Chris Dolley is a New York Times bestselling author. He lives in rural France with his wife and a frightening number of animals. They grow their own food and solve their own crimes. The latter out of necessity when Chris’s identity was stolen along with their life savings. Abandoned by the police forces of four countries, who all insisted the crime originated in someone else’s jurisdiction, he had to solve the crime himself. Which he did, and got a book out of it – the international bestseller, French Fried: one man’s move to France with too many animals and an identity thief.
His SF novel Resonance was the first book to be plucked out of Baen’s electronic slushpile. And his first Reeves and Worcester Steampunk Mystery – What Ho, Automaton! – was a WSFA Award finalist in 2012.
Marissa Doyle graduated from Bryn Mawr College and went on to graduate school intending to be an archaeologist, but somehow got distracted. Eventually she figured out what she was really supposed to be doing and started writing. She’s channeled her inner history geekiness into a successful young adult historical fantasy series, and is now also happily writing contemporary romantic fantasy. She lives in her native Massachusetts with her family, including a pair of bossy but adorable pet rabbits, and loves quilting, gardening, and collecting antiques. Oh, and coffee.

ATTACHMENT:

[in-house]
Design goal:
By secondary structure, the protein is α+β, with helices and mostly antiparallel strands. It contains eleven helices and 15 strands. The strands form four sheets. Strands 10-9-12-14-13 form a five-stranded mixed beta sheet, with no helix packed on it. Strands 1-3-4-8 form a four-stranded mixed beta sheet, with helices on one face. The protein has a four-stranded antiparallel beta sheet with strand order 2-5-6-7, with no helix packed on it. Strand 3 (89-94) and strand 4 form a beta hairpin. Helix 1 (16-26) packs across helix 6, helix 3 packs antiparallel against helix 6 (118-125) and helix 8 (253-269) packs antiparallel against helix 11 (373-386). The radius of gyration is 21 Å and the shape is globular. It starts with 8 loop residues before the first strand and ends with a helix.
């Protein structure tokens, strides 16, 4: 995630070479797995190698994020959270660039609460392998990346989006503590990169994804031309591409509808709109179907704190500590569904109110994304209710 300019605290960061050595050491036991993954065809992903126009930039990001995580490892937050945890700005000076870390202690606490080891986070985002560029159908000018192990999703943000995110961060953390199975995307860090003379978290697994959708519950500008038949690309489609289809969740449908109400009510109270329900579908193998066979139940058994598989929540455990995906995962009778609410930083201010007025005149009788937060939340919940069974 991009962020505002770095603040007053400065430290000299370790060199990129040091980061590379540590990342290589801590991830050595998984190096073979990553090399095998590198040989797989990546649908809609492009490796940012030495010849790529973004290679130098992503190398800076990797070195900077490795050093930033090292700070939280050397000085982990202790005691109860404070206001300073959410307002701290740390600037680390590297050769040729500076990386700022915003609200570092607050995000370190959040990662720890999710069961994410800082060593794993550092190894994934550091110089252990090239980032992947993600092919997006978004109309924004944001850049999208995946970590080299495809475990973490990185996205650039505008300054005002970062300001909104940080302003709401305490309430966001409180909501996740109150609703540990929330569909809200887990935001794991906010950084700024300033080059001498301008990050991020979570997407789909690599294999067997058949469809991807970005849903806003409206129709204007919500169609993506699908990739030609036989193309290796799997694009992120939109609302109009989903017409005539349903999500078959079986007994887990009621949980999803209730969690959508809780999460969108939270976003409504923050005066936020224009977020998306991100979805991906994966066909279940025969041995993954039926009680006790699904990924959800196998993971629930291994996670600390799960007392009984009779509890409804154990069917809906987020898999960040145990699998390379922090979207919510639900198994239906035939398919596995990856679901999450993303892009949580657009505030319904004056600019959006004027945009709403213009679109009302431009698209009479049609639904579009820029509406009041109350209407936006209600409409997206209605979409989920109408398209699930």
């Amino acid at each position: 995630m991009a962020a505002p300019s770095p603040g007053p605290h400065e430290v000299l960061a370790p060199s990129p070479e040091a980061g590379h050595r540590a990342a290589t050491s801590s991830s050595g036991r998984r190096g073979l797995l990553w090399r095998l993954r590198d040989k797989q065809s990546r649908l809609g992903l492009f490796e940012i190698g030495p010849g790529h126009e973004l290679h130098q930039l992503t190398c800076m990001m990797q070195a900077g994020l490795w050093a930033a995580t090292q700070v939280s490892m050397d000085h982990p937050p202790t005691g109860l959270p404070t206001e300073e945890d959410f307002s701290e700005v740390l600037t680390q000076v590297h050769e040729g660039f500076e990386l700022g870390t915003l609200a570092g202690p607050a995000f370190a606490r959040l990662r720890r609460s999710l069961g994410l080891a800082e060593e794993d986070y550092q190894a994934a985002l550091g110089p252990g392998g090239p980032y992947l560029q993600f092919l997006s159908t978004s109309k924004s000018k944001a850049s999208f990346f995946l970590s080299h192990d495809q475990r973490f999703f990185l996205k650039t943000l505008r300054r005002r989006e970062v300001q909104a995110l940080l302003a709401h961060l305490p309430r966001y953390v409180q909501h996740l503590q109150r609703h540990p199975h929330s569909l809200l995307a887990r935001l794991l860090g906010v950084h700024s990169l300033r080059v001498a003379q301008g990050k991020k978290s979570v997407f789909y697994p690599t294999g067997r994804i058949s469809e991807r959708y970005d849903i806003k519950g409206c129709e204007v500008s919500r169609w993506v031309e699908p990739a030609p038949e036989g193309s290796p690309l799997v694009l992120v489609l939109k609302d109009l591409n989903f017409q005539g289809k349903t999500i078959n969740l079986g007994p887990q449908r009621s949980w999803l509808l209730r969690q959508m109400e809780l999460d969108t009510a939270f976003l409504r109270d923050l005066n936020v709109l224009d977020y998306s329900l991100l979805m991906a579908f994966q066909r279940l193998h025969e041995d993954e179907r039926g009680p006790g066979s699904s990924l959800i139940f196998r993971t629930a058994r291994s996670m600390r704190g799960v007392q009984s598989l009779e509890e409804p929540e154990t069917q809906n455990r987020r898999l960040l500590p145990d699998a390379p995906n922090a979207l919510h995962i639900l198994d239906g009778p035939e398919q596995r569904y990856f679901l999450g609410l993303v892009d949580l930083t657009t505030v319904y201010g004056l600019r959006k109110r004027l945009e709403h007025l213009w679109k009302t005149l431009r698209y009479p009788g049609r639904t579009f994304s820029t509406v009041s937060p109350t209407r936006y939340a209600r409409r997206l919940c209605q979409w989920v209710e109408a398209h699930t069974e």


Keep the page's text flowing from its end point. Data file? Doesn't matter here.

Doranna’s quirkiness of spirit has led to an eclectic publishing journey since that her first award-winning novel, spanning genres over 40 publisher novels to include mystery, SF/F, action-romance, paranormal, franchise, and a slew of essays and short stories, and now combining those ongoing releases with joyful new indie efforts.